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Targeting The Tie-Breaker: How Data Centers Are Standing Out From The Crowd

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When it comes to data centers, the key to standing out from the crowd is innovation.

With many data centers similarly equipped to handle client needs, what helps tip the balance with customers is finding a way to differentiate. That differentiation often doesn't mean a chance to exact a premium, but rather to get the deal signed.

Former Infomart Data Centers President John Sheputis, H5 Data Centers' David Dunn, former Digital Realty Trust Chief Investment Officer Scott Peterson, Evocative Data Centers' Arman Kalili,  QTS' Clint Heiden and CBRE's Jerry Inguagiato, who moderated
Former Infomart Data Centers President John Sheputis, H5 Data Centers' David Dunn, former Digital Realty Trust Chief Investment Officer Scott Peterson, Evocative Data Centers' Arman Kalili, QTS' Clint Heiden and CBRE's Jerry Inguagiato, who moderated

"We are very, very big believers that innovation is the key to all companies. But also I don't think anybody will pay one extra nickel for it — it's the tie-breaker," QTS Chief Revenue Officer Clint Heiden said.

Innovation was part of the "Leading the Curve" discussion on the state of the data center market at Bisnow's Data Center Investment Conference & Expo, West, held Nov. 29 at the San Jose Marriott. Other topics at the daylong conference included changing infrastructure needs, financing and investment, data center efficiency, site selection, the cloud and future technology.

QTS is developing an application in-house that allows clients to access information about where their data is being stored and give them more control of their data, something particularly attractive for those clients that may be giving up owned infrastructure to start leasing.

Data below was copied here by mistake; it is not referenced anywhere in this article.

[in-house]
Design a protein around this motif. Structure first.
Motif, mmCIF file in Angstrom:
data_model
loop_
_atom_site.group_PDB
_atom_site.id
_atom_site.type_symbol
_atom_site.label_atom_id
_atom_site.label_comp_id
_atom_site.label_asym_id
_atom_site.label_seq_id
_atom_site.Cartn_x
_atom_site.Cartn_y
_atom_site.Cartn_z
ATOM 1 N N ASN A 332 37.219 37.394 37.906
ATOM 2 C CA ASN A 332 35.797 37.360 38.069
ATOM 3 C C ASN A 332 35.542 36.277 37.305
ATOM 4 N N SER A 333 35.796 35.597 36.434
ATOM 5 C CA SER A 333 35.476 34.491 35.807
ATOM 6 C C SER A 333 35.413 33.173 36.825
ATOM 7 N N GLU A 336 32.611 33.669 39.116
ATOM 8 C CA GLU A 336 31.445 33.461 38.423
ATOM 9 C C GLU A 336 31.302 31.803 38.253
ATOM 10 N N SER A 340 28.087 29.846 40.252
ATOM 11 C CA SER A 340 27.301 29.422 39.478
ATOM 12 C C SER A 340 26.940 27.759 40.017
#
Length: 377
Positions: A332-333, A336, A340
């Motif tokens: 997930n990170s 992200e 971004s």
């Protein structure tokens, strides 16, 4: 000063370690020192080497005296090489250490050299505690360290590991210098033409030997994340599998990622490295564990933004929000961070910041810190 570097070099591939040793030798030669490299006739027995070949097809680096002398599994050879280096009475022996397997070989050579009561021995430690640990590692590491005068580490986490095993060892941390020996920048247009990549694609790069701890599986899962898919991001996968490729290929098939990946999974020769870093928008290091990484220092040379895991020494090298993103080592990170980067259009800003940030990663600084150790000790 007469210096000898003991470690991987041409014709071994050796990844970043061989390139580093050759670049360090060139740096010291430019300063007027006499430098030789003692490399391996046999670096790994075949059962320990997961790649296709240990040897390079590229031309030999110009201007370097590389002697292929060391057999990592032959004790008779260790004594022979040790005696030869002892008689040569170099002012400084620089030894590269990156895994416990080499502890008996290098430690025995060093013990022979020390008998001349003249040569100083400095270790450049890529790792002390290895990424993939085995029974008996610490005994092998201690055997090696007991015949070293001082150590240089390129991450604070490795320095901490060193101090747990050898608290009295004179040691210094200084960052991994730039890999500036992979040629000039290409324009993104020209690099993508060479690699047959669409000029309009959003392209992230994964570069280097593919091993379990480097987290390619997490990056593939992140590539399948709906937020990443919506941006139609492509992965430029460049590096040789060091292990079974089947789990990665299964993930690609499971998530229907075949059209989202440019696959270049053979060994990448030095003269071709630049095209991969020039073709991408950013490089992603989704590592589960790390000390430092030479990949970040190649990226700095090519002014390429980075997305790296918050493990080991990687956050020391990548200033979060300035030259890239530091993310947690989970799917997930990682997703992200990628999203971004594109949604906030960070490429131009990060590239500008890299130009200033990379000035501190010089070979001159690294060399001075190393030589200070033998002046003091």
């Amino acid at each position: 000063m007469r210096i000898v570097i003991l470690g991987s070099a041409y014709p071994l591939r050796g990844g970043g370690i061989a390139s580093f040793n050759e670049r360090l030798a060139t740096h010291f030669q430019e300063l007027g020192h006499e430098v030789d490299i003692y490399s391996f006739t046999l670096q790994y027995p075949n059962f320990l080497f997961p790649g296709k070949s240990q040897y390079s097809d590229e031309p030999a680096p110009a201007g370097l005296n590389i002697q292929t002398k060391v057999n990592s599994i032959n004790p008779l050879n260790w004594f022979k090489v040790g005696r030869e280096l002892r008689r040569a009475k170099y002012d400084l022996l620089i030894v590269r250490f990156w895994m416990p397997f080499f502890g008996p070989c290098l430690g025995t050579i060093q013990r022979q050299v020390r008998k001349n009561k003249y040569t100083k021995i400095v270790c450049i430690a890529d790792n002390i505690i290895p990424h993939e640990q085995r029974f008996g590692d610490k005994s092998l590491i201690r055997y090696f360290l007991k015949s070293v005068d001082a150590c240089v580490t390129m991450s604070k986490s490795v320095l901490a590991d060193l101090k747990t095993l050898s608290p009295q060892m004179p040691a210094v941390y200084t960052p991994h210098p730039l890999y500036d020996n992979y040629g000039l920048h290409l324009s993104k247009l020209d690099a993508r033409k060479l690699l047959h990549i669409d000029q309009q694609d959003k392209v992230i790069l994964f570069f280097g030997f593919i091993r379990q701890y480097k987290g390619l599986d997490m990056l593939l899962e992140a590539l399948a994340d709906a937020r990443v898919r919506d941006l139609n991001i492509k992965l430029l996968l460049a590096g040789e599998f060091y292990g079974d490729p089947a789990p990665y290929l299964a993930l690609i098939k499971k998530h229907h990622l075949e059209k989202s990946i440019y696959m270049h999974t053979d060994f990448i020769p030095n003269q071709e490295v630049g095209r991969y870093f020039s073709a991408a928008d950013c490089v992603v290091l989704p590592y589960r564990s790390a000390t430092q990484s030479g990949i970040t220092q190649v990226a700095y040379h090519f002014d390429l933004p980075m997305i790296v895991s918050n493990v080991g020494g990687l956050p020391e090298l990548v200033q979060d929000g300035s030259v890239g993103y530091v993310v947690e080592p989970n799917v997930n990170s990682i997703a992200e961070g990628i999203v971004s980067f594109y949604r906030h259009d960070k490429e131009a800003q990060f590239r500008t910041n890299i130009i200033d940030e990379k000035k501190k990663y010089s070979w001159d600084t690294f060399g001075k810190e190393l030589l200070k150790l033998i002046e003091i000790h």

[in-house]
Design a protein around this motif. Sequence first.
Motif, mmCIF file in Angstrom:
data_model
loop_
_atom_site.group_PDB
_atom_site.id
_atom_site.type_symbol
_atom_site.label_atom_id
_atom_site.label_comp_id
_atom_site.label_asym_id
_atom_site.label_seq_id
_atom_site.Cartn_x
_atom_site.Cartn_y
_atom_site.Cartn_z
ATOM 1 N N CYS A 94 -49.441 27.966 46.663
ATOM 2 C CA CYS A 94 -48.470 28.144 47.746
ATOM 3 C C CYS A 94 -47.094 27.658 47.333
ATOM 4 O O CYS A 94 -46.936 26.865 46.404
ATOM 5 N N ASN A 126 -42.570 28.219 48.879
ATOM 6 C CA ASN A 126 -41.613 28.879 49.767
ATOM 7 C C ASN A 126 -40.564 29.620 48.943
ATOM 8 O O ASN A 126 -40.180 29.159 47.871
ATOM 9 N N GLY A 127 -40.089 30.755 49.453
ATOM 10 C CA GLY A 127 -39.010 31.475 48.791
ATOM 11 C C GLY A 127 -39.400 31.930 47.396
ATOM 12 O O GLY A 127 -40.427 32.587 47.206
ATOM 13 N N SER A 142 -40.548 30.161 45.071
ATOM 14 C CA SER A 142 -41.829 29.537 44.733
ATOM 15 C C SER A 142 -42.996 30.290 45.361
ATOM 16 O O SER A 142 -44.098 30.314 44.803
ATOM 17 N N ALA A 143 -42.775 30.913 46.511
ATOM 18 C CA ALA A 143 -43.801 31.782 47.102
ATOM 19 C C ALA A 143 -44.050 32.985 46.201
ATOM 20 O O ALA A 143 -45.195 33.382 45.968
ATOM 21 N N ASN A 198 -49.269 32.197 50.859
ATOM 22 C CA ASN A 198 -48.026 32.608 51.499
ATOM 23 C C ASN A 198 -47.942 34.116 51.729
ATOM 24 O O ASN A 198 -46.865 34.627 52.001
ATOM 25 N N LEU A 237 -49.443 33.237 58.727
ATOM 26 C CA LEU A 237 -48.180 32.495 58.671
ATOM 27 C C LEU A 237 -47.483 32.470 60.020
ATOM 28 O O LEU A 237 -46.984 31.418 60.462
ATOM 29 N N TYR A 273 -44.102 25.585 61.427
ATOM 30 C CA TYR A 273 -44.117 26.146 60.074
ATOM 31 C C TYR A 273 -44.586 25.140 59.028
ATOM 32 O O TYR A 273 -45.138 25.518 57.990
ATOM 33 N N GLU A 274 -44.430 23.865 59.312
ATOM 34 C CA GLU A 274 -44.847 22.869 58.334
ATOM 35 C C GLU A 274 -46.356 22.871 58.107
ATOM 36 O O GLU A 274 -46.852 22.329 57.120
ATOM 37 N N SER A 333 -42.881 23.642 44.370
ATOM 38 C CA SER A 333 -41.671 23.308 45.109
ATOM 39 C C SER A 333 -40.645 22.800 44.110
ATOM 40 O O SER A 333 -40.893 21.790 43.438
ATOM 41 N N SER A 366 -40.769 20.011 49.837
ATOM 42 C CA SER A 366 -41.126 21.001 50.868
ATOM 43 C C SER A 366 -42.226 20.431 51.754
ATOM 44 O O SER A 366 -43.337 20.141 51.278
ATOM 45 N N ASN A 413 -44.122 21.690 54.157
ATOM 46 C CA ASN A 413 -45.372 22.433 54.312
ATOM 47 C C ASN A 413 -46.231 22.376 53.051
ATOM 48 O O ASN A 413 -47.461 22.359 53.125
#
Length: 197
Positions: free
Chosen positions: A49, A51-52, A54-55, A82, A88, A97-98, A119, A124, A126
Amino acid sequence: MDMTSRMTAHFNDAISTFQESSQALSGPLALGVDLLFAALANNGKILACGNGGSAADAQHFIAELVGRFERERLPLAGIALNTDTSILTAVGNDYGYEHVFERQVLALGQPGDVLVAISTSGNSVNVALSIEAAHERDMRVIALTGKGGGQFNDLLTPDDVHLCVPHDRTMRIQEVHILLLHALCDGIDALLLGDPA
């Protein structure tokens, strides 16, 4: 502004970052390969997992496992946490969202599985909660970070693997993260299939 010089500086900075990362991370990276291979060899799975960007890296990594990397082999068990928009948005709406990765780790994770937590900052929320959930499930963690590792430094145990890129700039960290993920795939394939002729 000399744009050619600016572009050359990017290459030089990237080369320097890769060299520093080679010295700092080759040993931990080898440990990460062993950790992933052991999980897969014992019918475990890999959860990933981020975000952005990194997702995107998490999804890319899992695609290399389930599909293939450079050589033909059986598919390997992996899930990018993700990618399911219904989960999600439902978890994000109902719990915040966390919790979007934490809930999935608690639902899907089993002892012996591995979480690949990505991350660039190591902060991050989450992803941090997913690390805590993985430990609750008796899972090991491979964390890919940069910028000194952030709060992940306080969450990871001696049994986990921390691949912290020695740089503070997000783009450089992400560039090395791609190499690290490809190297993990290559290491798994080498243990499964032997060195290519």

For startup firm Evocative Data Centers, ensuring future success comes from being a full-stack operator of which data centers are a part of the equation.

"You have to be a full-service shop. You can't just be a single-product-offering company," said Arman Khalili, founder and CEO of Evocative, his seventh startup.

Silicon Valley-based Evocative has grown through four acquisitions since it started about 18 months ago and has another in the works, he said. Those acquisitions have helped the company grow its customers and product lines in a way that would be much harder to do organically.

At the end of the day, clients don't care where their data sits, but it is the service provided that makes the difference.

"From a cost perspective, it needs to flow, it needs to be low latency and it needs to be fully secure," he said.

Attendees eat lunch at DICE West.
Attendees eat lunch at DICE West.

For high-end operators, it is important to be clear about what differentiates them, since high-end product has become more comparable, Infomart Data Centers founder and former President John Sheputis said.

ASB Real Estate Investments sold its Infomart data centers through transactions this year, noting that it was a prime time to sell.

That state of the market is strong for those looking for a buyer, panelists said.

Last year marked the industry's biggest deal to date: Digital Realty Trust's $7.6B merger with DuPont Fabros Technology.

Panelist Scott Peterson, co-founder and former chief investment officer for Digital Realty Trust, left the REIT at the end of May, though he continues to consult for the company.

"I'm a fan of going where the demand pipelines are big and demonstrated," Peterson said of investing in the current market. "That's where the competition is, too, but it's easier to get capital."